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Deployment Tips

Posted by on Nov. 16, 2009 at 6:47 PM
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Military Spouse

  1. Do something special to welcome your spouse home-help the children make a welcome banner, make your spouse's favorite dessert, etc., but be understanding and flexible if your spouse is too tired to notice.
  2. Give your spouse time to adjust to being home. Don't tightly schedule activities for them. Don't expect them to take on all their old chores right away. Understand that your spouse may need time to adjust to a different time zone, a change in food, etc.
  3. Plan on some family togetherness time. Suggest a picnic or a special family meal. Time together helps the returning spouse to get back into the rhythm of family life.
  4. Be patient and tolerant with your spouse. He or she may not do things exactly as before. New experiences during deployment may bring changes to attitude and outlook.
  5. Stick to your household budget. Don't spend money you don't have on celebrating your spouse's return. Show you care through your time and effort.
  6. Don't be surprised if your spouse is a little hurt by how well you were able to run the household and manage the children without them. Let them know that your preference is to share family and household responsibilities with them no matter how well you did on your own.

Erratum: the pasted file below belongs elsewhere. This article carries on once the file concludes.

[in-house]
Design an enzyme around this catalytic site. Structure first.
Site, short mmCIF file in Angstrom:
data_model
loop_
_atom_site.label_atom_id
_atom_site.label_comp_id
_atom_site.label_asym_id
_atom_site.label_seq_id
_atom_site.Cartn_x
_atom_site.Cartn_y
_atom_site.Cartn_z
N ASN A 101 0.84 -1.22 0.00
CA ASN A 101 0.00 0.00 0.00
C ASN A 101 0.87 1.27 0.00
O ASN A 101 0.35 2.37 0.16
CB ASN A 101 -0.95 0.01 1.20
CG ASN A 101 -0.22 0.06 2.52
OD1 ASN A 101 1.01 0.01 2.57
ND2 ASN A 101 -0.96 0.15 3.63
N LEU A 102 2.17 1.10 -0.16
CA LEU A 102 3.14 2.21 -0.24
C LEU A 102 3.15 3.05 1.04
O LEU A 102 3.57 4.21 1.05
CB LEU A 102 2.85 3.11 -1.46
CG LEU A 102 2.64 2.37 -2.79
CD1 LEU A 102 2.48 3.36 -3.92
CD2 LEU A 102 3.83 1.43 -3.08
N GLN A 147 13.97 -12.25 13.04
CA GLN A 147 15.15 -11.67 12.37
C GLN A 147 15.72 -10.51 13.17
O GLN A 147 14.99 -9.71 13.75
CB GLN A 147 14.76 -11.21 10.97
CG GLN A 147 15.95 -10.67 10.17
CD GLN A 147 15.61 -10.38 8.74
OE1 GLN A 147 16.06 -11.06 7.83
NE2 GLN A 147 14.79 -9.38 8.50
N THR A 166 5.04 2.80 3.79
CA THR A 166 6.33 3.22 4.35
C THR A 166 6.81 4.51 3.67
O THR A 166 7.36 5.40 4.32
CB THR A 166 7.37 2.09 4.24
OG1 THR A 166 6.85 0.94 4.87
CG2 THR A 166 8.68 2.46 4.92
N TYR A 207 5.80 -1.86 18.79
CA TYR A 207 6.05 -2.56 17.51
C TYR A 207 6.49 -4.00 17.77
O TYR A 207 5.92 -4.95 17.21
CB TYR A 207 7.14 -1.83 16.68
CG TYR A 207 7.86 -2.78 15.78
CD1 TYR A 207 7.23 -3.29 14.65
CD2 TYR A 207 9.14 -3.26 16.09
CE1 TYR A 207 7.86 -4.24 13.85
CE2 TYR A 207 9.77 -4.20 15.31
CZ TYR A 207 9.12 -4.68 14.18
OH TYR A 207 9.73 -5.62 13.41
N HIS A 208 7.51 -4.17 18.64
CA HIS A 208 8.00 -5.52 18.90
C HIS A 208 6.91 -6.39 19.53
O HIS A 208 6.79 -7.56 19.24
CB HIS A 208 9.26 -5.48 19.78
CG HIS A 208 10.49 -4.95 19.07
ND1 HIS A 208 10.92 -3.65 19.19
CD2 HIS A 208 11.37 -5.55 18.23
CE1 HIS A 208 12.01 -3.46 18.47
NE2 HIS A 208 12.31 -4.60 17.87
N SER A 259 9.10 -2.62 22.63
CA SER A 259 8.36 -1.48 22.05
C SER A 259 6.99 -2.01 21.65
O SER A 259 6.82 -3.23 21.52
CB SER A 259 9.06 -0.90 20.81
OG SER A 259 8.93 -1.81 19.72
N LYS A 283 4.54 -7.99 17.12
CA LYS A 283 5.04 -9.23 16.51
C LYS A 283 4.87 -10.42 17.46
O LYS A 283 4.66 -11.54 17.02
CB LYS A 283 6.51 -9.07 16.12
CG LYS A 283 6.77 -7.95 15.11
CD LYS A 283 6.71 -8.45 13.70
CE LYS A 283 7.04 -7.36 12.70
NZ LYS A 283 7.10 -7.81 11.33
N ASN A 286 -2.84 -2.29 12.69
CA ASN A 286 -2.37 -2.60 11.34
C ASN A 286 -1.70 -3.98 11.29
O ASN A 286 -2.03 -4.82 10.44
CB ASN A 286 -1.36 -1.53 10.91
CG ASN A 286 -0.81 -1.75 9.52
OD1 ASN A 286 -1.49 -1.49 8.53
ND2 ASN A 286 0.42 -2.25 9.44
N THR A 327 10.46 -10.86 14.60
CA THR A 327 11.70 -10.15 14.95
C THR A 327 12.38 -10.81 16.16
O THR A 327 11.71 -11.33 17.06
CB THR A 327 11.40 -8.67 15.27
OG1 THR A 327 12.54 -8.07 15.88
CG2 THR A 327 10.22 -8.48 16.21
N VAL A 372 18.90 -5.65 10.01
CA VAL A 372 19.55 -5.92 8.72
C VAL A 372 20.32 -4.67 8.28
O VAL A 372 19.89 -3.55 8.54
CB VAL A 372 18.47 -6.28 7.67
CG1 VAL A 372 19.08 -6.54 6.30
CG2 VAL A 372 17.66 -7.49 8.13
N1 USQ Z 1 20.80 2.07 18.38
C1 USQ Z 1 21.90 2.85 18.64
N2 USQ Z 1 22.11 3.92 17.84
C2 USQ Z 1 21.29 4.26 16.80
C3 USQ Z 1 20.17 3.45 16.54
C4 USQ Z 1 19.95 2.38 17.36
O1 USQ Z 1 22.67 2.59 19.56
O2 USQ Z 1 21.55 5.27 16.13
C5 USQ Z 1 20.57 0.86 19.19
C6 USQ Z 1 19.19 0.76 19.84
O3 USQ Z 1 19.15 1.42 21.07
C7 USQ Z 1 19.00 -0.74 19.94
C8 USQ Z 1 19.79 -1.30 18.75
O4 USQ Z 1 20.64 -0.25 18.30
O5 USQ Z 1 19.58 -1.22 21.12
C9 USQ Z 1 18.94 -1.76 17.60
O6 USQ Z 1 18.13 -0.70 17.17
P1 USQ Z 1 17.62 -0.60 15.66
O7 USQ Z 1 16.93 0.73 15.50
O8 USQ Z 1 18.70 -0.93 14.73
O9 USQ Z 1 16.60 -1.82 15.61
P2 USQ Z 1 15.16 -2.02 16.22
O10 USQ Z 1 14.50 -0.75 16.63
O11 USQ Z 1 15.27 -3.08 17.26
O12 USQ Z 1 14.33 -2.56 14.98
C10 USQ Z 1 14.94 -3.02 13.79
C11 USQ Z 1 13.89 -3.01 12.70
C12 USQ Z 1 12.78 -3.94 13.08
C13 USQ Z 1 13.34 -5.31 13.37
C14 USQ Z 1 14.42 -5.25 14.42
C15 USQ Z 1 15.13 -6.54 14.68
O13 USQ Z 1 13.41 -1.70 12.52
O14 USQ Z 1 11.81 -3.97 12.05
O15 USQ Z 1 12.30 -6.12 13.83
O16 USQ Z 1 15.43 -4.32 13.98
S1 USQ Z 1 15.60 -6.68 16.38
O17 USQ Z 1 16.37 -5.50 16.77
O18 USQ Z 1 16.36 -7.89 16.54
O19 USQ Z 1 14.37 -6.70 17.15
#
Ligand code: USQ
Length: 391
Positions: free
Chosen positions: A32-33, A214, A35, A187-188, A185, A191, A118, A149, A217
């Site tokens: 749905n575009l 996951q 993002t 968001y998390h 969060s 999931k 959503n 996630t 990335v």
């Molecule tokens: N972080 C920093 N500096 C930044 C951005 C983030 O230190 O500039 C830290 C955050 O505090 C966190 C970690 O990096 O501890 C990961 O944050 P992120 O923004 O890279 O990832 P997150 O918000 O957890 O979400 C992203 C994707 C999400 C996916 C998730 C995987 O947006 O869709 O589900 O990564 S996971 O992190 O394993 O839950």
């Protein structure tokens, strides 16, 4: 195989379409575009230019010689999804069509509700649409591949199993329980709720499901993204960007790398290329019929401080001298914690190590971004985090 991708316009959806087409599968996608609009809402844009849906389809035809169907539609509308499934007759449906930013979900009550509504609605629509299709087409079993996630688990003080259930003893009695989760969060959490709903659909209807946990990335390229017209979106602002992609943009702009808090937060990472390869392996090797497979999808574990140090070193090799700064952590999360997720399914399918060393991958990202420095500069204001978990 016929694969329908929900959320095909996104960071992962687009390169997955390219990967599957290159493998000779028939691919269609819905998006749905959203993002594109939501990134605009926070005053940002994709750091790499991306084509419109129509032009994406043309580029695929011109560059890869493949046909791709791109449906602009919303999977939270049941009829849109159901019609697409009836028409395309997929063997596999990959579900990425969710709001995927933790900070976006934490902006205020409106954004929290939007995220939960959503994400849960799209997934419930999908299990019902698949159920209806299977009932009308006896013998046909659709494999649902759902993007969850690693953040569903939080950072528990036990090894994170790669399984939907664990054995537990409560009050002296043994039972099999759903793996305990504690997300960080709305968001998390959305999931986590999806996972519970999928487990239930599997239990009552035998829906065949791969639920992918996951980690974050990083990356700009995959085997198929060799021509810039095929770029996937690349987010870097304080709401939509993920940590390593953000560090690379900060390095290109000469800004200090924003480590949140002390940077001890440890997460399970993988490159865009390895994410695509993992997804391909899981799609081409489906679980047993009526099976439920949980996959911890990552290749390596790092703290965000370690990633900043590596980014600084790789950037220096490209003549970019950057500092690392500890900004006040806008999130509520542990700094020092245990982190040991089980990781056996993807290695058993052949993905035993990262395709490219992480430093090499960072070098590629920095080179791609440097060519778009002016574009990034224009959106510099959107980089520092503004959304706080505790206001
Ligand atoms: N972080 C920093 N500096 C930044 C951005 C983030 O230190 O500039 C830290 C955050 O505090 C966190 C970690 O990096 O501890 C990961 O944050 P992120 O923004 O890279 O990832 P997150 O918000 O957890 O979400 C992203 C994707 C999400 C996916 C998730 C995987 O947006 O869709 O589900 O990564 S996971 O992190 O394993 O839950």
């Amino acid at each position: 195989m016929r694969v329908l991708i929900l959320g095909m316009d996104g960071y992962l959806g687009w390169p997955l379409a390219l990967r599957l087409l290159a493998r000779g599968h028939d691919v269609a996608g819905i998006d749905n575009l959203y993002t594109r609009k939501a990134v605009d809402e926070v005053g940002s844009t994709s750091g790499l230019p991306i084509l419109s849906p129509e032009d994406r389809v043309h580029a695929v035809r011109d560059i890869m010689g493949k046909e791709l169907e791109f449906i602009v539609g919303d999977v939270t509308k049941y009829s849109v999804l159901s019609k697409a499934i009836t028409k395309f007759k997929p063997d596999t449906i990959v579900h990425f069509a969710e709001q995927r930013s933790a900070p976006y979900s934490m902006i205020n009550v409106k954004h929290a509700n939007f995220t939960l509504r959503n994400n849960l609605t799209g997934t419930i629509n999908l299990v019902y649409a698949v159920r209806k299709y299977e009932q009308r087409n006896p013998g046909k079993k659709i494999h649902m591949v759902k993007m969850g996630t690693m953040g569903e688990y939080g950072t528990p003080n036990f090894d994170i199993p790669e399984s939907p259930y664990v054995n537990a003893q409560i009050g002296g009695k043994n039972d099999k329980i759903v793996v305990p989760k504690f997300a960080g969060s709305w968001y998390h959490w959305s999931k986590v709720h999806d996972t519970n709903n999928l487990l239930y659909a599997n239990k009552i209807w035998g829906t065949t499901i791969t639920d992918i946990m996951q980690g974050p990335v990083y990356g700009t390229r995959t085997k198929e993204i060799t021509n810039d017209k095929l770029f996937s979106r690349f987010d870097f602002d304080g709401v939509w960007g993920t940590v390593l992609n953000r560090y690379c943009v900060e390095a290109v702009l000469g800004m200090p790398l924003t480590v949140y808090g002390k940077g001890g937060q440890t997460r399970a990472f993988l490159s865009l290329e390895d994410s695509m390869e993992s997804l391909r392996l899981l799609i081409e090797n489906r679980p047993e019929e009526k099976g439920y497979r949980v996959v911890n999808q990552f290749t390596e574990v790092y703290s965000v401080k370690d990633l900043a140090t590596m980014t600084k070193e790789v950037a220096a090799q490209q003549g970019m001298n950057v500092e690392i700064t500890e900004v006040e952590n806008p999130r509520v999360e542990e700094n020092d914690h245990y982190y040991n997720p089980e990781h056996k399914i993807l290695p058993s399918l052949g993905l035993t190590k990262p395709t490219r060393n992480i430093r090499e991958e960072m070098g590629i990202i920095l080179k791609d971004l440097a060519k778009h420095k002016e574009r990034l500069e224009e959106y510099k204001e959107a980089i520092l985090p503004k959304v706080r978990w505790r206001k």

7. Stay involved with your children's school activities and interests. Don't neglect the children's need for attention as you are becoming reacquainted with your spouse.
  8. Stay involved in your own activities and interests, but be flexible about making time for your spouse.
  9. Don't be surprised if children test the limits of the family rules when your spouse returns. It's normal for children to want to find out how things may have changed by acting up a bit. Consistent enforcement of family rules and even-handed discipline are key to dealing with acting out.


  • Go slowly - don't try to make up for lost time
  • Accept that your partner may be different
  • Intimate relationships may be awkward at first
  • Take time to get reacquainted
  • Forget your fantasies
  • Reassure your children
  • Seek help for family members if needed

(Developed by David Gretsch, Mobilization & Development, Ft. Hood MWR)

by on Nov. 16, 2009 at 6:47 PM
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